So the founding document of the Students for a Democratic Society (SDS) is copyrighted? Presumably just this representation.

But the Young Americans for Freedom (YAF) did it first in 1960 and it's not copyrighted.

Monday, March 22, 2004

Lawful Uses of Publishing SS Numbers

Professor Volokh suggests on Page 114 of the draft of his law review article on the
topic of Crime Facilitating Speech that publishing SS numbers might be banned because such publication has virtually no lawful value:

Some public speech conveys information that’s usable only, or nearly only, for
criminal purposes (see Part IV.A.2.b). There are only a few sorts of such information:
The best examples are people’s social security numbers and computer system
passwords. This information is not materially relevant to any political or scientific
debates, or to people’s making decisions about their daily lives; it even lacks value as

I can suggest a few:

Lawful Uses of Publishing SS Numbers.

We know that there are lawful uses of publishing Social Security Numbers
(SSN's) because the Federal Government and other institutions used to do
it regularly.

*  SSN's were published on the mailing label of all blank tax returns
mailed to taxpayers from the start of computer generated mailing labels
at the IRS until a few years ago.

*  SSN's (in the form of Military ID numbers) were published in the
Congressional Record for many years as a part of lists of military
officers (who have to be commissioned by Congressional action).

*  SSN's were published by the SEC in the 10K filings (and many other
filings) of corporations on listings of corporate officers and major
shareholders of those corporations.

*  SSN's were routinely published in court filings, DMV records and
other public records.

*  SSN's were routinely published by educational institutions on public
lists of grades or class members (back when such lists were published).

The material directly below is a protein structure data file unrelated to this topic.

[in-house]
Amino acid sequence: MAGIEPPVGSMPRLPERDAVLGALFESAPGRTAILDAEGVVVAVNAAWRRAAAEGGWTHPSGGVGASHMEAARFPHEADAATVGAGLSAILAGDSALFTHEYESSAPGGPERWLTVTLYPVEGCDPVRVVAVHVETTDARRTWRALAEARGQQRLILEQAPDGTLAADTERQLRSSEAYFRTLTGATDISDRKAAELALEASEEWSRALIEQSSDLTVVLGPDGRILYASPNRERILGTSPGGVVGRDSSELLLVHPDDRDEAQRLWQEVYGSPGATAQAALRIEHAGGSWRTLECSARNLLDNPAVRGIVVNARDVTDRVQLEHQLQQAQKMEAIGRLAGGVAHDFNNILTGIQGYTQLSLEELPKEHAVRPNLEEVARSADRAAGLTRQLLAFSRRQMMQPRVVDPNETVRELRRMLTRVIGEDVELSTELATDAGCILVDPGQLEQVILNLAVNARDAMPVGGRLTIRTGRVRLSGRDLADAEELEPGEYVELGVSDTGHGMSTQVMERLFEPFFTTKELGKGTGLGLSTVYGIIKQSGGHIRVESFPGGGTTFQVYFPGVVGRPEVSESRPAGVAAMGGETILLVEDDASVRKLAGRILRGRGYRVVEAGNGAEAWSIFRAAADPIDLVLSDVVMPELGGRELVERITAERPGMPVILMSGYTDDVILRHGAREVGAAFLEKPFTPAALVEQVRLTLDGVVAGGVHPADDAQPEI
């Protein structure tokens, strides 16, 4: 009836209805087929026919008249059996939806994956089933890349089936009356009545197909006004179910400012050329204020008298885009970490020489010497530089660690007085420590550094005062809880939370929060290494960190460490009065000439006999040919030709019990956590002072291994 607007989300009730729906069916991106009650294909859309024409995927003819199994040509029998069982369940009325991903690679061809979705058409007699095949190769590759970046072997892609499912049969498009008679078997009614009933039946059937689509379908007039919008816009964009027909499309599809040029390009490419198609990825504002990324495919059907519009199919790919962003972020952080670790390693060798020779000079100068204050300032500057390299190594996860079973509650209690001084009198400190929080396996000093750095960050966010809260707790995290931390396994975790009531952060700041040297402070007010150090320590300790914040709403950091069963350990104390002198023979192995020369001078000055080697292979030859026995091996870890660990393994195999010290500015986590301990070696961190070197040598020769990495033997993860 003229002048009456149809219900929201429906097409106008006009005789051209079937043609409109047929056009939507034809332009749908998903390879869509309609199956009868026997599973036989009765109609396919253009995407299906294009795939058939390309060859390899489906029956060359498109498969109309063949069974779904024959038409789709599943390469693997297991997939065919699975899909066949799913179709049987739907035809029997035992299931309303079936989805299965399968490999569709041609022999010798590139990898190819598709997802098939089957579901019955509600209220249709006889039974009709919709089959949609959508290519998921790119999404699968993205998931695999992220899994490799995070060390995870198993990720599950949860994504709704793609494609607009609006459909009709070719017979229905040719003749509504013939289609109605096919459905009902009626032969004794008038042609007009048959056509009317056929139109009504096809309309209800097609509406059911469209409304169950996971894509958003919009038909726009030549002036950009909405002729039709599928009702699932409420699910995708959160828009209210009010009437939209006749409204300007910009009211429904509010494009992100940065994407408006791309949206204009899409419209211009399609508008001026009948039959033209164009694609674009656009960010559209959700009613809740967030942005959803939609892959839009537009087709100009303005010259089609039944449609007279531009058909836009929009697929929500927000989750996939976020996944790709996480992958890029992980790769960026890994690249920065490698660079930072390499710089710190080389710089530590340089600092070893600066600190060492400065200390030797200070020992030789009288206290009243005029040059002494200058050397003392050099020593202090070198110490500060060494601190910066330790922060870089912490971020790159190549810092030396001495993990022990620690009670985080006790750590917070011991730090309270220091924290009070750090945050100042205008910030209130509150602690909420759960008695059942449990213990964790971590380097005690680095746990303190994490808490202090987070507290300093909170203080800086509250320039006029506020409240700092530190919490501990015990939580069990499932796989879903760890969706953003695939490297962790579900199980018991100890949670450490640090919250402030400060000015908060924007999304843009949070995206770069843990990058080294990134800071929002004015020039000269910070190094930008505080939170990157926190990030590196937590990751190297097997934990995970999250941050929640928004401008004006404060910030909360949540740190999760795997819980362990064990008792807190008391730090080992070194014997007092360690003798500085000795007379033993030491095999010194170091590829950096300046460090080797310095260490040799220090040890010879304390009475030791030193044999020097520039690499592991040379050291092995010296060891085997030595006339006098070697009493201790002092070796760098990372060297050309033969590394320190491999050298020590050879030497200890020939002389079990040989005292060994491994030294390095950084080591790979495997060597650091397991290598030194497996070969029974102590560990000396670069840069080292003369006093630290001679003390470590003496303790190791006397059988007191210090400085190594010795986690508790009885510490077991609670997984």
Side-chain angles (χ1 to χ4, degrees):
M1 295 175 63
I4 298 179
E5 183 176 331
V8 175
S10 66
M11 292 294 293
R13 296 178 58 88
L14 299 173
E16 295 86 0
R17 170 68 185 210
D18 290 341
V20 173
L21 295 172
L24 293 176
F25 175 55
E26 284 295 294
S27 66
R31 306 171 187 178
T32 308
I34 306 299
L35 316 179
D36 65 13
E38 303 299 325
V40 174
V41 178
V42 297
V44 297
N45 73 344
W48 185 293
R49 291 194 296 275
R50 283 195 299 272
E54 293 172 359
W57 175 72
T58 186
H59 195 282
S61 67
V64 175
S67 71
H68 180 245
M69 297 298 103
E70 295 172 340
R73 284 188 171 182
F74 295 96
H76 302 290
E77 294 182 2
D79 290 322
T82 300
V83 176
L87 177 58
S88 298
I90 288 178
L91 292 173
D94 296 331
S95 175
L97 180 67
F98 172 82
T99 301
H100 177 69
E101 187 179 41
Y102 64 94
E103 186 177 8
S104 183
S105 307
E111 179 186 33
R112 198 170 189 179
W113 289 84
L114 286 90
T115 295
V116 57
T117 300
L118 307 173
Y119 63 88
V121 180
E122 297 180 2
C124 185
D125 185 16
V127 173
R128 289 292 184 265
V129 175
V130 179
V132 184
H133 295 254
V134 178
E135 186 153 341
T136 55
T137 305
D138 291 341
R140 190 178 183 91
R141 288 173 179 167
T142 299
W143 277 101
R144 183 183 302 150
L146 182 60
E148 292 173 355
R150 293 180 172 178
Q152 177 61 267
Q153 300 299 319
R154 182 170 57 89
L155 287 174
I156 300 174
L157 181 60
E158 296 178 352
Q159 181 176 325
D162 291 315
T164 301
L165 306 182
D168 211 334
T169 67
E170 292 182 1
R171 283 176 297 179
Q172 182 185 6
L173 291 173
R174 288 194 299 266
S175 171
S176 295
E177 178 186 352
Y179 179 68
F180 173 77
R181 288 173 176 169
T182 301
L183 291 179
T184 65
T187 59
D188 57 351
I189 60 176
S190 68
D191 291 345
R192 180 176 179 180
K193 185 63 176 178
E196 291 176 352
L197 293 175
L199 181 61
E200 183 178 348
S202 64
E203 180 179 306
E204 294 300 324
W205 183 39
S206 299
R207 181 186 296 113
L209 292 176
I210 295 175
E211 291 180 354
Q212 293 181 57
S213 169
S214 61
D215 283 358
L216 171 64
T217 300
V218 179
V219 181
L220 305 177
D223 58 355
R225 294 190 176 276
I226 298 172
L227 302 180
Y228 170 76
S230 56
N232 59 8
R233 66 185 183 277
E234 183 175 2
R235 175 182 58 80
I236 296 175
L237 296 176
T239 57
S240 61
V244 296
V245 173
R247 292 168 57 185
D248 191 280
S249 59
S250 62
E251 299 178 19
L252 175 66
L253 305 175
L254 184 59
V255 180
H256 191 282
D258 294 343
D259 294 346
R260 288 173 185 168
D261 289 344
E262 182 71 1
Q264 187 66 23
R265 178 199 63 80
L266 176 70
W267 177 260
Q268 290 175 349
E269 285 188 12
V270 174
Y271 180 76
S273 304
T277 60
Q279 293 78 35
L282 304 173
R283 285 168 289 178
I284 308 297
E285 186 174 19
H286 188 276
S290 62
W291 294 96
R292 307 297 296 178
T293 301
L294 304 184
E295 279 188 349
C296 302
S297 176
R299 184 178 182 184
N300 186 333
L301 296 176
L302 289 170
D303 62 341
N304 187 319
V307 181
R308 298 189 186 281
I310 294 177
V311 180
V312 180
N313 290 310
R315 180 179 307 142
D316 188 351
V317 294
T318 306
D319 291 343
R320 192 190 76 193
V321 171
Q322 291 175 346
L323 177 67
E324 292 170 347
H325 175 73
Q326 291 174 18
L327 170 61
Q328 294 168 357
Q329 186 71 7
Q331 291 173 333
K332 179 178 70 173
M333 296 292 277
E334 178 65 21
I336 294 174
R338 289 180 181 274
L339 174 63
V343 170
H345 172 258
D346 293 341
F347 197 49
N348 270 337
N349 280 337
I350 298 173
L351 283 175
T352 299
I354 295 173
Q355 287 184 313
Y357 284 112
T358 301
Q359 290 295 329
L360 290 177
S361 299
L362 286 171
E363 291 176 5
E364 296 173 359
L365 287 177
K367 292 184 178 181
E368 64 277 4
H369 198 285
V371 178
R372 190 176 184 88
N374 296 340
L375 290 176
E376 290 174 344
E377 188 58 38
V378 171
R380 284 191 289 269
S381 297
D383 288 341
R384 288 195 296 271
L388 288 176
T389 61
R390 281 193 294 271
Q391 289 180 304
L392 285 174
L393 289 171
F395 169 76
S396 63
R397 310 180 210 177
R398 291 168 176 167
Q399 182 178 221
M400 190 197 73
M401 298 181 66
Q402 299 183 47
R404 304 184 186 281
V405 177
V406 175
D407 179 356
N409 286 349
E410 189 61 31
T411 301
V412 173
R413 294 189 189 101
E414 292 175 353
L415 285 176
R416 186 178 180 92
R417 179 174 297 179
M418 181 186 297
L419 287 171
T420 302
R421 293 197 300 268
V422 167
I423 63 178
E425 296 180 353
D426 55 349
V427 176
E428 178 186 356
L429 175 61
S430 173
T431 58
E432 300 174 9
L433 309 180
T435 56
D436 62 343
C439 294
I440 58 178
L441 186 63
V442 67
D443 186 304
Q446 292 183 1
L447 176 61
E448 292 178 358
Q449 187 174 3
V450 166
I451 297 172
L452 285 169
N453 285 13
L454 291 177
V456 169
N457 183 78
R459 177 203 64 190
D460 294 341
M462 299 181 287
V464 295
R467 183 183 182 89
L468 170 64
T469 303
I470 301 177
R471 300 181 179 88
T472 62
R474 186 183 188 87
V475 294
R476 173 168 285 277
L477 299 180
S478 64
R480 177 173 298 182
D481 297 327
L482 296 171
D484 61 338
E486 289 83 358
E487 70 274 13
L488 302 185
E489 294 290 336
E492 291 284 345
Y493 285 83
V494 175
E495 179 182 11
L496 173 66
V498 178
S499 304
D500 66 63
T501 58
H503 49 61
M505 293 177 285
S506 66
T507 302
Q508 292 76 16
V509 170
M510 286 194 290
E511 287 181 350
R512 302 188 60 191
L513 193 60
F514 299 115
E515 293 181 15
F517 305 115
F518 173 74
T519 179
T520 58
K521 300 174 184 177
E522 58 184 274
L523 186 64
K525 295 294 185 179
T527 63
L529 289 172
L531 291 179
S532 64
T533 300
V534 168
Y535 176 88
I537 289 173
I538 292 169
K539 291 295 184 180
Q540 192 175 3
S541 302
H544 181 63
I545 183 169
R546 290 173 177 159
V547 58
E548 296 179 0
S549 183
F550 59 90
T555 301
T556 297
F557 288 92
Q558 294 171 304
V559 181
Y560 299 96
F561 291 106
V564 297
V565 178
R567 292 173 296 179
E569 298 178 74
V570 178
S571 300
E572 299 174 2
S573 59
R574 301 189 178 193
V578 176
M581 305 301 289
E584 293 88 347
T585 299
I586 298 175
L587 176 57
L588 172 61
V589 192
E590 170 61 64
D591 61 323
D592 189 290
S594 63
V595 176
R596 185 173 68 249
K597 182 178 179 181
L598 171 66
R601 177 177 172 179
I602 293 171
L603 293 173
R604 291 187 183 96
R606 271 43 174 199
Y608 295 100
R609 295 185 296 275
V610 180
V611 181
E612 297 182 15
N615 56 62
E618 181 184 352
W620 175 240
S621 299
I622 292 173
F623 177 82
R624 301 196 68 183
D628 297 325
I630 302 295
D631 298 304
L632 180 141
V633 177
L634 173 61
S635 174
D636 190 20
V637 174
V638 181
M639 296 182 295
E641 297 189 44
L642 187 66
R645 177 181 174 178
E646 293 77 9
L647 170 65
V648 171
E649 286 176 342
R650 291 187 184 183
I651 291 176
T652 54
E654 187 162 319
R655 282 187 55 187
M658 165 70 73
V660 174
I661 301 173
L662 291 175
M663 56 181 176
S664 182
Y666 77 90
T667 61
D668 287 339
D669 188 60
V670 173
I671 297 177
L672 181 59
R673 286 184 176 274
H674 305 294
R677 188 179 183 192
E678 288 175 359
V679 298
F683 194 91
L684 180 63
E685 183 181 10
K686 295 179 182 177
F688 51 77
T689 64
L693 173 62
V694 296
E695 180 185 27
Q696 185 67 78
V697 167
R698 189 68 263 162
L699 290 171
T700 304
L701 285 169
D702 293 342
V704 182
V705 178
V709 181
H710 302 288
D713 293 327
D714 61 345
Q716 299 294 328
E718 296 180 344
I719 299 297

*  The Social Security Administration publishes the SSN's of the dead --
see for example my father's.

In all of these cases the SSN was used as a unique identifier (which is
a valuable use).

It is technically incorrect to compare an SSN to a password.  An SSN is
an Account Name or Username -- not a password.  It is like the "volokh"
in not like the password one uses.

We note that account numbers or usernames are frequently published to
others.  Thus my bank account number is on all my checks and my many
usernames are on all my e-mails.  I have on my desk a book full of a
particular kind of "account number" of members of the general public
published by Verizon.

Knowing someone's unique identifier or account number does not give one
access to their account.  A further security failure is necessary.

Note that most of the SSN publishing on the Net was done as a form of
political protest (which may be of value).  The publishers were
protesting the misuse of an account number as a "password" and the
oppression of people numbering and the security failures of the design
of the financial and credit systems which made identity theft easy.

Possible Terror Attack Risk

Doesn't this article -- Spousal Benefits for Gays at U.N. Challenged -- suggest another reason we might have to eliminate gay marriage and partner benefits?

A U.N. bulletin outlining Annan's new policy says: "A marriage recognized as valid under the law of the country of nationality of a staff member will qualify that staff member to receive the entitlements provided for eligible family members." It also asserts that "a legally recognized domestic partnership" will qualify U.N. staffers for similar benefits.

The United Nations has recognized polygamy, a common practice in the Islamic world, as a legitimate form of marriage and permits employees to divide their benefits among more than one wife. But the decision to expand that right to same-sex partners has fueled intense opposition.

Iran's representative, Alireza Tootoonchian, speaking on behalf of the 56-member Organization of the Islamic Conference (OIC), said there was "no justifiable basis" for awarding benefits to same-sex couples. He demanded that the United Nations clarify its position in writing and suggested that a compromise be hammered out among the 191 members of the U.N. General Assembly. The OIC is "seriously concerned about extending the scope of the family definition for the purposes of entitlements," he said.

Wouldn't such actions upset Al Quida? I mean, if we're supposed to surrender to these people, to find out what upsets them, and to change our policies to conform to their desires then I guess we'll just have to give up this whole gay marriage thing. We wouldn't want to upset them would we?

$270/hour worth of luxury

The hospital was run down. The city was a working-class city in the Northeast. The patient was there for 6 days. He paid one visit to Radiology. He was not receiving IV fluids. He had a few blood tests. He was given Tylenol and iron pills. The stay was over a holiday weekend and he saw few doctors. The power failed on the floor for 2 hours. He acted as his own Case Manager to remind the nurses to take blood, tell a doctor that a biopsy had been cancelled, and get the specialists together to agree to OK his release. The bill totaled $270/hour.